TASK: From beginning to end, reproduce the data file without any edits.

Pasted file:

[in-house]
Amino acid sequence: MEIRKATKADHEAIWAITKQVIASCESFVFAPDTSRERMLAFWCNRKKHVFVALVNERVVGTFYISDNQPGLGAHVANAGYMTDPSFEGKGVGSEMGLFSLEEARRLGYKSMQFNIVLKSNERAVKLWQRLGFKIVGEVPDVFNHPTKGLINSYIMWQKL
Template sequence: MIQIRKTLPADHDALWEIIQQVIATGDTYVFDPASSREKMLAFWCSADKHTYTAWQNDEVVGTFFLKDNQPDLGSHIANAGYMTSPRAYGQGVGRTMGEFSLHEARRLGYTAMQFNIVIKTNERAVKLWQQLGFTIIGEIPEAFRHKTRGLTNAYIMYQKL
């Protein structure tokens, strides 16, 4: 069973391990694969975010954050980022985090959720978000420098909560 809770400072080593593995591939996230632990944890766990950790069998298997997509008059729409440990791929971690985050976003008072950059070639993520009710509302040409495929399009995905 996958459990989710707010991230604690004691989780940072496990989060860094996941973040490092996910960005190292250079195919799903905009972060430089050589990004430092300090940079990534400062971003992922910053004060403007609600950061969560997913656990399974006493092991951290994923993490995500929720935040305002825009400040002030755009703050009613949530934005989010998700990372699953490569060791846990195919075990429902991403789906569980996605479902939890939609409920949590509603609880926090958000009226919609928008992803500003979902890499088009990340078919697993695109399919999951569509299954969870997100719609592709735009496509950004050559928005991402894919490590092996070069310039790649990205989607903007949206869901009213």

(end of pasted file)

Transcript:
[in-house]
Amino acid sequence: MEIRKATKADHEAIWAITKQVIASCESFVFAPDTSRERMLAFWCNRKKHVFVALVNERVVGTFYISDNQPGLGAHVANAGYMTDPSFEGKGVGSEMGLFSLEEARRLGYKSMQFNIVLKSNERAVKLWQRLGFKIVGEVPDVFNHPTKGLINSYIMWQKL
Template sequence: MIQIRKTLPADHDALWEIIQQVIATGDTYVFDPASSREKMLAFWCSADKHTYTAWQNDEVVGTFFLKDNQPDLGSHIANAGYMTSPRAYGQGVGRTMGEFSLHEARRLGYTAMQFNIVIKTNERAVKLWQQLGFTIIGEIPEAFRHKTRGLTNAYIMYQKL
């Protein structure tokens, strides 16, 4: 069973391990694969975010954050980022985090959720978000420098909560 809770400072080593593995591939996230632990944890766990950790069998298997997509008059729409440990791929971690985050976003008072950059070639993520009710509302040409495929399009995905 996958459990989710707010991230604690004691989780940072496990989060860094996941973040490092996910960005190292250079195919799903905009972060430089050589990004430092300090940079990534400062971003992922910053004060403007609600950061969560997913656990399974006493092991951290994923993490995500929720935040305002825009400040002030755009703050009613949530934005989010998700990372699953490569060791846990195919075990429902991403789906569980996605479902939890939609409920949590509603609880926090958000009226919609928008992803500003979902890499088009990340078919697993695109399919999951569509299954969870997100719609592709735009496509950004050559928005991402894919490590092996070069310039790649990205989607903007949206869901009213």